WASHINGTON - In a cramped nuclear shelter deep beneath the White House, President Bush stared across a spare wooden table and told his national security team, "Get the troops ready."
Twelve hours after the terrorist strikes, moments after his nationally televised address, Bush was preparing for a war that would transform and define his presidency - with a historic mission, broad new presidential powers and a federal government overhauled to protect against terrorism.
"This is a time for self-defense," he told his war council. "This is our time."
The times have also changed Bush personally.
Digital Access for only $0.99
For the most comprehensive local coverage, subscribe today.
Always religious, the president turned more deeply to God. When audience members tell Bush he's in their prayers, the president gets misty-eyed. He views the prayers as "the ultimate act of love," Bush told one associate.
A longtime health nut, Bush intensified his exercise regime to burn off stress. Unconsciously, he may have been trying to prove himself disciplined enough to meet the extraordinary challenges, associates say.
The president is said to be more fatalistic about his own safety. Reminded recently that assassination is a constant threat, Bush shrugged and said, "It's not my job to worry about it."
Associates say he has matured and is more sober-minded - though he is still playful, sometimes silly.
"War changes everyone involved," said Ron Kaufman, political director for Bush's father. "It changes not your values, but what you value. People call it maturity, but it's something deeper than that. You're dealing with life and death every day."
In the days after the attacks, friends recall him tearing up as he talked about the attacks in private. Some say it was weeks before he had the time or temperament to start joking with them again.
"The events, I suppose, have hardened him," said Joe Allbaugh, director of the Federal Emergency Management Agency and a longtime Bush associate.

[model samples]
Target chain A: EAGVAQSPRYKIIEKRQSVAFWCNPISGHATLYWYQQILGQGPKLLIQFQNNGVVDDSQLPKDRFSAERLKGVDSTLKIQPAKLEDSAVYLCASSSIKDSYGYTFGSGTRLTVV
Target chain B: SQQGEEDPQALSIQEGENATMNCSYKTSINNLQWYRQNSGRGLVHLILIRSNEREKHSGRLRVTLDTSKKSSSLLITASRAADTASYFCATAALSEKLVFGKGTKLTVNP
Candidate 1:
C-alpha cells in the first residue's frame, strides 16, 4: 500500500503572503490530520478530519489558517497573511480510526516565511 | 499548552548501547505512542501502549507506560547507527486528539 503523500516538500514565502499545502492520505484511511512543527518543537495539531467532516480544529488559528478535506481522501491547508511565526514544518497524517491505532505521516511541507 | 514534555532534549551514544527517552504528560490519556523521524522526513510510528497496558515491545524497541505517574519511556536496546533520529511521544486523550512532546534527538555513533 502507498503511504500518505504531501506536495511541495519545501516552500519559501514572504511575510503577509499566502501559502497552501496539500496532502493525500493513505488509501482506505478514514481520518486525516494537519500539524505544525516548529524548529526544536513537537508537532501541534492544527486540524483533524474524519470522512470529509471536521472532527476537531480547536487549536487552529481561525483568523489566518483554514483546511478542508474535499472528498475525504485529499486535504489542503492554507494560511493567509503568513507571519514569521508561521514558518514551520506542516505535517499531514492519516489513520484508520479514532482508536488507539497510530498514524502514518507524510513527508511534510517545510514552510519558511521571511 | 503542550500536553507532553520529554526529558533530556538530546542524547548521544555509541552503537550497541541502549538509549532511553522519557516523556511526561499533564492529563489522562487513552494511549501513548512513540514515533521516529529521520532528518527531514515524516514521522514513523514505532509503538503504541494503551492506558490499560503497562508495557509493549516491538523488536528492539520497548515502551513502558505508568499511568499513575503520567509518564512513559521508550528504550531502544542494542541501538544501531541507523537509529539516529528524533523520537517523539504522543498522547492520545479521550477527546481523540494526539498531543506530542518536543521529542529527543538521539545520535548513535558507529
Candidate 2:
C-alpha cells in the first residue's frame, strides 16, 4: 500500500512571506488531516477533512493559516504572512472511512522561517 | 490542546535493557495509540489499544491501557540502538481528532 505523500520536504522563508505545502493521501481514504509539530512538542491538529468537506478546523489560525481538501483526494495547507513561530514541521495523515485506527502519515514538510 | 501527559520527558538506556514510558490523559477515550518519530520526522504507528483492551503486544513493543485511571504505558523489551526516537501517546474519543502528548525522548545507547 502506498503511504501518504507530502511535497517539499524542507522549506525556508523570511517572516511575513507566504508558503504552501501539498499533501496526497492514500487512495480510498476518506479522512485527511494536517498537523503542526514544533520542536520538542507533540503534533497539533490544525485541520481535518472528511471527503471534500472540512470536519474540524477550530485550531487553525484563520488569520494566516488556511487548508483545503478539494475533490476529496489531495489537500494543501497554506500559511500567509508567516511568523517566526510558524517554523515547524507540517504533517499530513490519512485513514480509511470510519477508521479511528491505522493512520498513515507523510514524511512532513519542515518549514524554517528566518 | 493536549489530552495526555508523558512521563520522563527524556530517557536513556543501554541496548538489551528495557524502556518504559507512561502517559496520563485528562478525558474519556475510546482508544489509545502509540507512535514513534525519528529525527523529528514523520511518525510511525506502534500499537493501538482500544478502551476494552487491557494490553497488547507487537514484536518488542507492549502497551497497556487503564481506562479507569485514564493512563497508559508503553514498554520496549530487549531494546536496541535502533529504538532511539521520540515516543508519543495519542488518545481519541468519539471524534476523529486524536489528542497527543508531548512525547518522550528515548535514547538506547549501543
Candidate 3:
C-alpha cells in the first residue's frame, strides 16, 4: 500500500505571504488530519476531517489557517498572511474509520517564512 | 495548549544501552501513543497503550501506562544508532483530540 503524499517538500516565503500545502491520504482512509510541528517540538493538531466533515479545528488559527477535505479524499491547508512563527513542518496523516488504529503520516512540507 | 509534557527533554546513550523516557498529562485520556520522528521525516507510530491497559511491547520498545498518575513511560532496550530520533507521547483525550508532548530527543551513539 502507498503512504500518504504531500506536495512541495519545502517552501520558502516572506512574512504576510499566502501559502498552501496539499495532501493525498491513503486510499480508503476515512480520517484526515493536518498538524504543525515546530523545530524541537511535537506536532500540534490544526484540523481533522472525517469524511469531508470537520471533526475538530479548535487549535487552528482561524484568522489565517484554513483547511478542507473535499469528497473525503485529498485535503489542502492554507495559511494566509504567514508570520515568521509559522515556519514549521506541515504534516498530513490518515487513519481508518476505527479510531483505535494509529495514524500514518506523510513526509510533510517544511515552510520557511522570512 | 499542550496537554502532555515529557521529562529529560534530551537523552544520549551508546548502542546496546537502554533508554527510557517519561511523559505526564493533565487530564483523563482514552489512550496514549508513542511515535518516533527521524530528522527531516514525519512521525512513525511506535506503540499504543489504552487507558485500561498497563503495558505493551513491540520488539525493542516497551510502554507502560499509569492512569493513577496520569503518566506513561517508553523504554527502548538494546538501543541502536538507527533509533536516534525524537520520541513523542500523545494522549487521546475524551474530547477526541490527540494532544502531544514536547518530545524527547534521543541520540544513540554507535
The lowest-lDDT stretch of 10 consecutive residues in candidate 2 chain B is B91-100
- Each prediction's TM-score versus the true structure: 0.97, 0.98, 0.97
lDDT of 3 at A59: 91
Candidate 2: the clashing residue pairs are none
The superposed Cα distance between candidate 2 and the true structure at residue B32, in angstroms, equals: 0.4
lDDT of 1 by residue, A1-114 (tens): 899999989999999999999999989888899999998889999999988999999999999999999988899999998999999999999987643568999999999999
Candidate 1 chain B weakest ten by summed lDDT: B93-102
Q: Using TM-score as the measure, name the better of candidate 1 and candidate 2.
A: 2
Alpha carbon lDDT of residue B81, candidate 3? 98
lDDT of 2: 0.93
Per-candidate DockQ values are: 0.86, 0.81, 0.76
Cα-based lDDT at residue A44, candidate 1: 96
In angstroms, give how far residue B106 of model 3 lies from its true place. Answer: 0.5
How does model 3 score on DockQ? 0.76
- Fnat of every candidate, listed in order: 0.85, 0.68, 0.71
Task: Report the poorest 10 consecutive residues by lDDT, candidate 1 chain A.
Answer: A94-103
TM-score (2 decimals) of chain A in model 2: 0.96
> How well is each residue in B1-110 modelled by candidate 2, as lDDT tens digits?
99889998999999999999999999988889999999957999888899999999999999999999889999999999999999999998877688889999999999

Though he has always had swagger, Bush gained confidence in the past year. Critics call it arrogance; they point to his penchant for secrecy and a record of angering allies with unilateral foreign policies.
An effective delegator - critics call him lazy and out of touch - Bush began passing on even more chores after the attacks.
"He had to delegate issues that might have risen to him that now can be managed by others," White House chief of staff Andrew Card said.
Since the moment terrorists struck Sept. 11 - and Card whispered in his ear, "America is under attack" - Bush has seen his presidency transformed.
"It has given the president a special mission, a special opportunity that comes to few presidents," said Stephen Hess, a presidential analyst who worked in the Eisenhower and Nixon White Houses. "You can compare him to poor Bill Clinton, who hungered for a legacy more than any other but never got an opportunity."
Unabashedly, White House officials point to America's greatest wartime presidents - Lincoln and Franklin D. Roosevelt - as well as the Vietnam-scarred Johnson presidency to put Bush's mission in historical context.
"Every president has an agenda, but they are always subject to the whims of history," senior adviser Karl Rove said. "The times place demands on them; they give them war, recession and strife - or they give them quietude."
"This is what history's given him," Rove said.
History's gift to Bush was the opportunity to shed his image as an unprepared, narrowly elected president to a wartime leader with record-breaking popularity. For weeks after the attacks, he was politically untouchable.
As they rallied around the commander in chief, Americans hardly noticed domestic policies stalling.
Most jarring, Bush has overseen a huge explosion in government deficits, compared with surpluses during the Clinton years.
Bush's hoped-for Department of Homeland Security - with 170,000 employees - would lead to the largest government overhaul since President Truman revamped national security agencies.
Some analysts say Bush is overseeing the largest expansion of presidential powers since FDR's New Deal.
In addition to homeland security, he has proposed "first strike" powers for the U.S. military, refuses to seek a declaration of war from Congress and dramatically increased law enforcement powers.
Bush has recalibrated his foreign policy since Sept. 11.
A vocal opponent of "nation-building," he now promises to get the new Afghanistan government on its feet. Overthrowing Iraq's Saddam Hussein moved to the front burner.
Never a big advocate of foreign aid, Bush has proposed major increases in programs intended to eliminate breeding grounds for terrorism.
Paul Begala, a Democratic strategist, said voters retain doubts about Bush, even as they support him - an opinion privately shared among some White House aides and GOP strategists.
"We were pulling for him then. And we're pulling for him now," he said. "But even the way we're pulling for him is a little patronizing. We've all given Bush a pass because we want to believe he's up to the job."